Early Stage Amyotrophic Lateral Sclerosis Phrenic Stimulation (RespiStimALS)
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|ClinicalTrials.gov Identifier: NCT01583088|
Recruitment Status : Terminated (in the absence of benefits and because of a statistically significant excess mortality in the group of patients receiving active stimulation.)
First Posted : April 23, 2012
Last Update Posted : December 22, 2015
|Condition or disease||Intervention/treatment||Phase|
|Amyotrophic Lateral Sclerosis Respiratory Insufficiency||Device: phenique nerve stimulation NeurX™ (Synapse Biomedical) Device: sham phrenic nerve stimulation||Phase 3|
ALS is is characterized by a progressive degeneration of upper and lower motor neurons, leading to progressive weakness of bulbar, limb, thoracic and abdominal muscles. Although specific therapy is lacking, correct respiratory therapy improves quality of life and increases survival. Substituting the failing respiratory muscles by non invasive mechanical ventilatory assistance (NIV) is the current standard of care.Intradiaphragmatic phrenic nerve stimulation, has been the object of a preliminary proof-of-concept multicenter trial (ClinicalTrials.gov NCT00420719).
Aim of the study : To test the hypothesis that phrenic stimulation induced diaphragm conditioning can delay the need for mechanical ventilation in ALS patients.
Methods : It is a double blind randomized study. Patients presenting with early signs of respiratory impairment (VC between 85 and 60%), but with a preserved electromyographic response of the diaphragm to phrenic nerve stimulation, will be randomized in 2 groups. All the patients will be treated according to current standards of care. They will all be implanted with a phrenic stimulator, and then randomized between actual diaphragm conditioning and sham stimulation.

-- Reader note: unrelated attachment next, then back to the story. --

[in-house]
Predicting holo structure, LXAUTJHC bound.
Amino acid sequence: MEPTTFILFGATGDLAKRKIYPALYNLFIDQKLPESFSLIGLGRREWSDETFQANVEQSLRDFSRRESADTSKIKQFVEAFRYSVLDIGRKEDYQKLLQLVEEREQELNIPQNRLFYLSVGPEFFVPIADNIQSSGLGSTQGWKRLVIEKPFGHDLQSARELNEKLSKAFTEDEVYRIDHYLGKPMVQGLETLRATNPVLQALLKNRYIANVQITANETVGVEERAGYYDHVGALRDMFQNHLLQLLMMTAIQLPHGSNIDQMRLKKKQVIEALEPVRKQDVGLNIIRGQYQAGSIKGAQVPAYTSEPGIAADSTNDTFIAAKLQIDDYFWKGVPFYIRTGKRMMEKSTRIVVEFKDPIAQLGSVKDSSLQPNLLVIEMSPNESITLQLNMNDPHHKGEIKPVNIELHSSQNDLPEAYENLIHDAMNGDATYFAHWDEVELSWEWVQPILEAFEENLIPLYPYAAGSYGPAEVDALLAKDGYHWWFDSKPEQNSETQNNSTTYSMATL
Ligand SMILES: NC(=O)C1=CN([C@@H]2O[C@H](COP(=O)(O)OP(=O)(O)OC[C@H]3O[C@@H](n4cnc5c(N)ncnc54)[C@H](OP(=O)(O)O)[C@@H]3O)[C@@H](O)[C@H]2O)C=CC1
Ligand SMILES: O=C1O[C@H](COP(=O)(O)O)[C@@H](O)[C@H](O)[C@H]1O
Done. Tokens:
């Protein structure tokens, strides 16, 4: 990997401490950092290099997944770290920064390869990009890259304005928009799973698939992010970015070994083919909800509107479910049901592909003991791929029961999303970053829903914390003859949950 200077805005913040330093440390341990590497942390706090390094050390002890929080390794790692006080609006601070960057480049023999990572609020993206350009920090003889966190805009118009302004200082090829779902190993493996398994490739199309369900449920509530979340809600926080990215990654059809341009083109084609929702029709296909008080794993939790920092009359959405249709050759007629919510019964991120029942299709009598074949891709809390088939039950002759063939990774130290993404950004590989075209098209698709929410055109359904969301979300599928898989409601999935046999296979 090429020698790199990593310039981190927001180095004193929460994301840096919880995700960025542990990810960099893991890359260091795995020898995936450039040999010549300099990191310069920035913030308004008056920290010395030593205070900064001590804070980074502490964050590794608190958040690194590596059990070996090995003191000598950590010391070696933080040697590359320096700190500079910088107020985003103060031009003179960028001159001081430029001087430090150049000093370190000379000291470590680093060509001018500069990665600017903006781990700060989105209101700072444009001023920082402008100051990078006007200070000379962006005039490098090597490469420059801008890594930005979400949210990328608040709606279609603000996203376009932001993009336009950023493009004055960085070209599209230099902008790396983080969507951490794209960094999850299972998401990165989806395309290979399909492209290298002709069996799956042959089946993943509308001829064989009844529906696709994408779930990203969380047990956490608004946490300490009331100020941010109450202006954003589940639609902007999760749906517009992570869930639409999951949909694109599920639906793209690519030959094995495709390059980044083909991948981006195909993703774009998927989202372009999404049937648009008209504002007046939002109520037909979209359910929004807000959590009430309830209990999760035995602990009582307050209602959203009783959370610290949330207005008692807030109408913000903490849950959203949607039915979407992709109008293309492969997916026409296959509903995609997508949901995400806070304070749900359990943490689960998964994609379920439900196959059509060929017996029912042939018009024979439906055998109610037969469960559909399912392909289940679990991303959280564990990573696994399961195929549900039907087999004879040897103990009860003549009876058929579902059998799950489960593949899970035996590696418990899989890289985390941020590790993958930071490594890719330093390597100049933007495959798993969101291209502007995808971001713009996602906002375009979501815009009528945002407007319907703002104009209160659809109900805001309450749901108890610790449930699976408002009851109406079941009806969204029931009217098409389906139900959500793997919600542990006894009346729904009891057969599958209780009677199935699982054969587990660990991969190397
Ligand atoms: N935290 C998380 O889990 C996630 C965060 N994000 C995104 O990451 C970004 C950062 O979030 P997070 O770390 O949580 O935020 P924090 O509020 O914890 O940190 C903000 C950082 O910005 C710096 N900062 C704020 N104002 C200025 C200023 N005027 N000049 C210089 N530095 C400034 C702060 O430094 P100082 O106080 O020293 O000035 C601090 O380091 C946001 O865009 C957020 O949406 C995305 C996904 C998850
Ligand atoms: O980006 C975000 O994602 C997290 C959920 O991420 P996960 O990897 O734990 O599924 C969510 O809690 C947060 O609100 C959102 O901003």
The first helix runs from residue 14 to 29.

Respiratory function will be followed up on a trimonthly basis, with polysomnography and diaphragmatic EMG biannually. NIV (+ stimulation for both groups), will be initiated according to currently recommended criteria of hypoventilation.
The main outcome of the study will be the number of months between the phrenic nerve implantation and the introduction of NIV. Currently available data, showing that diaphragm pacing can increase the number of patients without NIV at 2 years from 2,5% to 15% of the patients, requires the enrollment of 37 patients in each group. Secondary end-points will include i.Survival ii. Effects on sleep iii. Quality of life and daily activities
|Study Type :||Interventional (Clinical Trial)|
|Actual Enrollment :||74 participants|
|Intervention Model:||Parallel Assignment|
|Masking:||Double (Participant, Care Provider)|
|Official Title:||Can Diaphragm Pacing Delay Non Invasive Ventilation in Amyotrophic Lateral Sclerosis ? a Randomized Controlled Study|
|Study Start Date :||September 2012|
|Actual Primary Completion Date :||November 2015|
|Actual Study Completion Date :||November 2015|
Experimental: phenic nerve stimulation
effective phenic nerve stimulation NeurX™ (Synapse Biomedical)
Device: phenique nerve stimulation NeurX™ (Synapse Biomedical)
phenique nerve stimulation NeurX™ (Synapse Biomedical)
Sham Comparator: sham
sham phenic nerve stimulation
Device: sham phrenic nerve stimulation
sham phenic nerve stimulation
Other Name: sham phenic nerve stimulation
- Survival without NIV 2 years after the phrenic nerve implantation. [ Time Frame: 2 years ]
- global survival from onset disease [ Time Frame: 2 years ]
- effects on sleep [ Time Frame: 24 months ]
- Quality of life and daily activities [ Time Frame: 24 months ]
To learn more about this study, you or your doctor may contact the study research staff using the contact information provided by the sponsor.
Please refer to this study by its ClinicalTrials.gov identifier (NCT number): NCT01583088
|APHP, GH Pitié Salpêtrière|
|Paris, France, 75013|
|Principal Investigator:||Gonzalez-Bermejo Jesus, Md, PhD||APHP|